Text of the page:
Plaintiff's application was denied by the State Board of Law Examiners (State Board) on September 5, 1972. The Supreme Court of Pennsylvania denied plaintiff's appeal under Rule 14B2 on January 8, 1973 and his motion for reconsideration on February 20, 1973. A second application by plaintiff was denied by the State Board on March 14, 1975 and the Pennsylvania Supreme Court again denied his appeal on July 5, 1975.
Plaintiff filed an action in the district court praying for: (1) the convening of a three judge district court; (2) a declaratory judgment that Rule 9A(2) of the Rules of the Supreme Court of Pennsylvania violates the due process and equal protection provisions of the Fourteenth Amendment of the Constitution as well as the Full Faith and Credit Clause and (3) an order that the State Board apply Rule 9A(2) to plaintiff in the same manner as such rule has been applied to members of the bars of other states residing in states other than Pennsylvania.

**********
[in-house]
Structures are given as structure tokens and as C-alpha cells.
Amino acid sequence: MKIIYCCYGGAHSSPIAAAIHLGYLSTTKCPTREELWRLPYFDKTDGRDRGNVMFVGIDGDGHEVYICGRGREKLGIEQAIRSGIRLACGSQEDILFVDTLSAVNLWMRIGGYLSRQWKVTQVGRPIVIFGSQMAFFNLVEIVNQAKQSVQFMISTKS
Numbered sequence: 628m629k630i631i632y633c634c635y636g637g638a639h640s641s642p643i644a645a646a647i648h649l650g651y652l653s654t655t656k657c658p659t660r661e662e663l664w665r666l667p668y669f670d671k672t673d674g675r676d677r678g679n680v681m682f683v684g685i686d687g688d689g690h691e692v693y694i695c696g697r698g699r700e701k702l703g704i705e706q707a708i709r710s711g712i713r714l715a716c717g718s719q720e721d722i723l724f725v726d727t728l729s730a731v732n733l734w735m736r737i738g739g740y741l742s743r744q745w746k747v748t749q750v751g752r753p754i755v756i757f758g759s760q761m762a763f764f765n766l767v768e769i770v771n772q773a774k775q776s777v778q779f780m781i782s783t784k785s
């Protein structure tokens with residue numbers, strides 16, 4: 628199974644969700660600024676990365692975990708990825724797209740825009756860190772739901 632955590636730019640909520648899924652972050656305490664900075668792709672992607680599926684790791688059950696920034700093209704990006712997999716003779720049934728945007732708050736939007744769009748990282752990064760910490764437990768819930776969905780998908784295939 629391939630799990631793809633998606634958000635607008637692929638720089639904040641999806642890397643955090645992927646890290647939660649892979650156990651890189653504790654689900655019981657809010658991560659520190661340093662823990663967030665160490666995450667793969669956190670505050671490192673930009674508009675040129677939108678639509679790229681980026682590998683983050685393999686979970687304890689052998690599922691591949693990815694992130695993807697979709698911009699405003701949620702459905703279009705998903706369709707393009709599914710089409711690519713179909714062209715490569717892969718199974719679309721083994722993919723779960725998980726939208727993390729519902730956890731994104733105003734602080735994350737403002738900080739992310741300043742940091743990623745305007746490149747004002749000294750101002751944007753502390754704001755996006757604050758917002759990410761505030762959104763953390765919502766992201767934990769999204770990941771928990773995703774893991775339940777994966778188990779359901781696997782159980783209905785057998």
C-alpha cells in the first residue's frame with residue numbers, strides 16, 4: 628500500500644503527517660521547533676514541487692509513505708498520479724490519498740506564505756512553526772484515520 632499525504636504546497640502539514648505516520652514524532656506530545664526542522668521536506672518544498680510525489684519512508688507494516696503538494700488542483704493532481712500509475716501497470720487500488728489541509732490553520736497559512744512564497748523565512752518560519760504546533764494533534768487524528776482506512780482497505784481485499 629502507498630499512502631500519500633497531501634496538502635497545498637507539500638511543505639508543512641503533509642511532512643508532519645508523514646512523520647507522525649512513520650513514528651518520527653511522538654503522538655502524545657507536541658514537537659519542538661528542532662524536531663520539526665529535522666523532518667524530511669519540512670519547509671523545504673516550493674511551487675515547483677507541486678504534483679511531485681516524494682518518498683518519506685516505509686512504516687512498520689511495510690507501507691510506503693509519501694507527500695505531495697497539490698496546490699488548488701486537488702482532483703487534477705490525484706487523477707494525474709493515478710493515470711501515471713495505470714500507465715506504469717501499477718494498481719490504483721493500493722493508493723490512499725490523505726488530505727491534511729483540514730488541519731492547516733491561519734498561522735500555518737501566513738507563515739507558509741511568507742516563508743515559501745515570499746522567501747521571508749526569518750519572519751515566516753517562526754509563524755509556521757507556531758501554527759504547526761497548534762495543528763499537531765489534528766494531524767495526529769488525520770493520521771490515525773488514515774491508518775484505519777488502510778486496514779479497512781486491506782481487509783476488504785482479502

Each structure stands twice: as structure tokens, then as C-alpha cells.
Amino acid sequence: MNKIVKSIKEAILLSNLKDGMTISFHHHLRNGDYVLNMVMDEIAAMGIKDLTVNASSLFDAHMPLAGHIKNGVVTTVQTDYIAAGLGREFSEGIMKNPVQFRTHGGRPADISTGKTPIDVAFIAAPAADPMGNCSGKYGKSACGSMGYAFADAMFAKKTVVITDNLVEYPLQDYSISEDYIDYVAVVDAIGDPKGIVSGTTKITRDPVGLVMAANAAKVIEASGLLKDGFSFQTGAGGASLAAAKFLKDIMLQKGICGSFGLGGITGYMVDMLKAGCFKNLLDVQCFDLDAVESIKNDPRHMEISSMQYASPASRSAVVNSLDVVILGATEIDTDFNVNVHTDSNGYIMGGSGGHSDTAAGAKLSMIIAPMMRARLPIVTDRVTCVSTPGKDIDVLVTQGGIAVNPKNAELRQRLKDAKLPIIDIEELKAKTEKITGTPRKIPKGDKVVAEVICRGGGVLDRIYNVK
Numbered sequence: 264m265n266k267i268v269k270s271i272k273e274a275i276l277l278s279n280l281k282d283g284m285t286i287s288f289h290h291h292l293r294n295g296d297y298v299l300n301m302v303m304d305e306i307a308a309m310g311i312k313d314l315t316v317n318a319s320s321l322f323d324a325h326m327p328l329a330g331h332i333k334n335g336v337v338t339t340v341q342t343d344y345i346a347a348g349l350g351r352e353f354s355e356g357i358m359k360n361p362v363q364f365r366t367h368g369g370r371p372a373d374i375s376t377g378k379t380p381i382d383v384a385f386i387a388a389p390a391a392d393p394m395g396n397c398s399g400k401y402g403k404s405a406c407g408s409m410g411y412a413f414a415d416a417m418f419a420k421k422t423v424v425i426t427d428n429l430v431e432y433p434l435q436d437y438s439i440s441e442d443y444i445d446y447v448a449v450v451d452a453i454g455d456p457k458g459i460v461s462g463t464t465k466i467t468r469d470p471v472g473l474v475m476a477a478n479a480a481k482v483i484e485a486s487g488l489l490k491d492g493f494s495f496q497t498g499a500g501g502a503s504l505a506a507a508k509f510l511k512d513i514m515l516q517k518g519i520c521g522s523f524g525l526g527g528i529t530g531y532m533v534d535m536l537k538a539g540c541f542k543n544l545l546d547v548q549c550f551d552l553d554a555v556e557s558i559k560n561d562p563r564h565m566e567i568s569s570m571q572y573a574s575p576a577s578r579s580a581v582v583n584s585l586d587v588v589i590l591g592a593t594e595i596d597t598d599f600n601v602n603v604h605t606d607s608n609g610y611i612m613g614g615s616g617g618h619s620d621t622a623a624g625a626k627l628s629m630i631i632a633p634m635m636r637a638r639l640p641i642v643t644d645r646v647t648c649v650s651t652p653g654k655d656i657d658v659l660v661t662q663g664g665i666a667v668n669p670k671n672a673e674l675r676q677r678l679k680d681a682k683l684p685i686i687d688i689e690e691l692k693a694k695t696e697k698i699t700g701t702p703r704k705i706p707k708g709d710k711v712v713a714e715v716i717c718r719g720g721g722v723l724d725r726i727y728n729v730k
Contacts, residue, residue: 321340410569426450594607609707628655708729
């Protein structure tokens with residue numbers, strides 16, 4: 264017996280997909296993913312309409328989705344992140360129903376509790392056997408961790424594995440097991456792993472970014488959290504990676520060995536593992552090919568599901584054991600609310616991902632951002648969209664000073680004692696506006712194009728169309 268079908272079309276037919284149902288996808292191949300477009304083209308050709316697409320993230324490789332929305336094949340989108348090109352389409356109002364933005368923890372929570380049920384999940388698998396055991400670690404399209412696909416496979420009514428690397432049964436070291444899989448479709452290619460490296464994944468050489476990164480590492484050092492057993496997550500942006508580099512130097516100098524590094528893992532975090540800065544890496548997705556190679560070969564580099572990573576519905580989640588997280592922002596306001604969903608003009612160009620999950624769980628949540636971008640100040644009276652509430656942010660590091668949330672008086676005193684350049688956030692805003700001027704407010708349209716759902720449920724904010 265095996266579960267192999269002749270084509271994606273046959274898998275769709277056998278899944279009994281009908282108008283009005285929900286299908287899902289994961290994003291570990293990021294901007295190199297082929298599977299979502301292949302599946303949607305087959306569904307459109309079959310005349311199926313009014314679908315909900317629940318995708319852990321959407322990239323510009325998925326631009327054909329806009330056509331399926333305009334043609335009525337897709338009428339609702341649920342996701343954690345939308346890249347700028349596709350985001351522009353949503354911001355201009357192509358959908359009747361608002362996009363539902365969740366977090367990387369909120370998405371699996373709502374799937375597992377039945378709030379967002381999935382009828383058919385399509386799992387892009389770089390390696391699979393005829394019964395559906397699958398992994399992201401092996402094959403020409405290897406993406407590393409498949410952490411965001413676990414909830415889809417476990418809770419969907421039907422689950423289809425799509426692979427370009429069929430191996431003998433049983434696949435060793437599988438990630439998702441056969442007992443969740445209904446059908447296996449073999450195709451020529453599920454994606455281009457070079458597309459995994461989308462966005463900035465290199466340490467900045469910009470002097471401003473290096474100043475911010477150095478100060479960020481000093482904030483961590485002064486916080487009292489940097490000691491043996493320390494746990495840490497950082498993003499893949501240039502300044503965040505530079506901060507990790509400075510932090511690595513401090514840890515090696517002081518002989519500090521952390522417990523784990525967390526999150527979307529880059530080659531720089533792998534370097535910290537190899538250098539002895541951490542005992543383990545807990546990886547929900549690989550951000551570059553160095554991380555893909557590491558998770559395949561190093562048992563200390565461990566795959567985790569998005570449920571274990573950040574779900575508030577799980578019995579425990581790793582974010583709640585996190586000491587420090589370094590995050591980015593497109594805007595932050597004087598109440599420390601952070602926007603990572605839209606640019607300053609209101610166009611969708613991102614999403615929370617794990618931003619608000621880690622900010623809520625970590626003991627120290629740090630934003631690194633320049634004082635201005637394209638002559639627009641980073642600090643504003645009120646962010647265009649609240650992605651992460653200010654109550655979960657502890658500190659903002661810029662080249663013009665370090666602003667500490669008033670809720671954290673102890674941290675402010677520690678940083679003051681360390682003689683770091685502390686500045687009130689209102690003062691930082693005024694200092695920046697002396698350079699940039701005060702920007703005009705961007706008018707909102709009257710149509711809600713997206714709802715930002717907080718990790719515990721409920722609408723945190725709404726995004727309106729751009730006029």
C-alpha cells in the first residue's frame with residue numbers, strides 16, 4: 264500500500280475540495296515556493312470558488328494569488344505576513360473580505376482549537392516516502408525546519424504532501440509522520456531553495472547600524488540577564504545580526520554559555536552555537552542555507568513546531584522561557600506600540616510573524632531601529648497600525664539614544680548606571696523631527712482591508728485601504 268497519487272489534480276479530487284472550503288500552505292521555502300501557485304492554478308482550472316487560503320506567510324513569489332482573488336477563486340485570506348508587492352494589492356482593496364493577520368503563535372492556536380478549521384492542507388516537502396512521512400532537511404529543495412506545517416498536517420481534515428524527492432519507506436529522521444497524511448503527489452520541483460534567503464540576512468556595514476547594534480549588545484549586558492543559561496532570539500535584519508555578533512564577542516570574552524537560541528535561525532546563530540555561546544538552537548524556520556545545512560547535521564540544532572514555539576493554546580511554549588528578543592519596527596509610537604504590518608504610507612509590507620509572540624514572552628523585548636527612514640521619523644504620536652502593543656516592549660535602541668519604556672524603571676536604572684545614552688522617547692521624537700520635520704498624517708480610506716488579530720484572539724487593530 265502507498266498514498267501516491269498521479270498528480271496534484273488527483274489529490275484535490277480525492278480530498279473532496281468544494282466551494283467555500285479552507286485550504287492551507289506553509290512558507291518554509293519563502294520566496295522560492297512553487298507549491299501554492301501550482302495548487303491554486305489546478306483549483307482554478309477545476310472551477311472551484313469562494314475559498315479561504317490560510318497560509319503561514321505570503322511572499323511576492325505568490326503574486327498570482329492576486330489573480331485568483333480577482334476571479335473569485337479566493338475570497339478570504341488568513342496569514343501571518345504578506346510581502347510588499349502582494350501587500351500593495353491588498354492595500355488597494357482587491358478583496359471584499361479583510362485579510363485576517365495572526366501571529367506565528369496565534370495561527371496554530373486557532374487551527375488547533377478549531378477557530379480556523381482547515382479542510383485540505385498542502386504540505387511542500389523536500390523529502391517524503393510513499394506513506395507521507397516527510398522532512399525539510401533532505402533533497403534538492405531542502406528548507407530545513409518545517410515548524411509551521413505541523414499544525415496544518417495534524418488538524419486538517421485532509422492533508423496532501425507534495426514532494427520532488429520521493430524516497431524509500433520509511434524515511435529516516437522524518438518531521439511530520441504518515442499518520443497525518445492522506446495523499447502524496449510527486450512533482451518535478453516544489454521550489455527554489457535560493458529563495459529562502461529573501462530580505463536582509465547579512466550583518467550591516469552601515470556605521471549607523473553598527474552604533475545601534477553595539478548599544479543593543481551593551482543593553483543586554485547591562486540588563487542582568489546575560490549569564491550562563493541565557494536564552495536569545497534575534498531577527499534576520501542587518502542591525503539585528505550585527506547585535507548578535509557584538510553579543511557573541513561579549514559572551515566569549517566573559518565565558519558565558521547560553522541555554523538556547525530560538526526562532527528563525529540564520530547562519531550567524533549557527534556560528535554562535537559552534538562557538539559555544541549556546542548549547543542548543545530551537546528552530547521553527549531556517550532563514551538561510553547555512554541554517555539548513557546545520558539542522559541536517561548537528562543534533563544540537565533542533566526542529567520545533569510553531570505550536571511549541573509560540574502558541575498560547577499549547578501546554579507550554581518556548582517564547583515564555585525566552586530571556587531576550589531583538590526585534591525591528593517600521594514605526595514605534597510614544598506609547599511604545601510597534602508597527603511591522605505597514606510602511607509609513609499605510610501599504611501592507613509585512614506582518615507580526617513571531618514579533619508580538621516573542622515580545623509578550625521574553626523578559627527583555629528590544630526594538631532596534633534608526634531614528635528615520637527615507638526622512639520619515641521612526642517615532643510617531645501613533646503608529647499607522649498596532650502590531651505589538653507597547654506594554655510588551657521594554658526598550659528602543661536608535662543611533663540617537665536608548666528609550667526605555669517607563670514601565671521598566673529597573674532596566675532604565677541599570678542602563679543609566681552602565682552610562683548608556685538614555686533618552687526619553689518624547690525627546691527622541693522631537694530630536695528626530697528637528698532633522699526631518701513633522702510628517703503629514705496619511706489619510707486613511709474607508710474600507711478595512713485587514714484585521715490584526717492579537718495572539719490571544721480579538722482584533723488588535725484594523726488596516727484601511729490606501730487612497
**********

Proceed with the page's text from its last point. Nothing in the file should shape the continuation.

The district court declined to convene a three-judge court; granted summary judgment in favor of the State Board; denied plaintiff's motion for summary judgment; and ruled that, absent the order granting the State Board summary judgment, the cause would have been dismissable because the Supreme Court of Pennsylvania rather than the State Board would be the needed defendant in the action.
It is agreed that plaintiff is qualified for admission to the Pennsylvania Bar under Rule 9 except for the State Board's ruling that he has not practiced law outside of Pennsylvania for the requisite five years.
Since the three judge court statute was viable at the time the complaint was filed, we first consider whether the district court committed error in not requesting that a three judge court be convened.
It is perfectly clear that insofar as the complaint seeks a judgment declaring that Rule 9A(2) violates the designated Constitutional provisions, it is not a proper subject matter for convening a three judge court. The three judge court statute applies only to requests for injunctive relief: United States ex rel. Souder v. Watson, 413 F.Supp. 711, 714 (M.D.Pa.1976).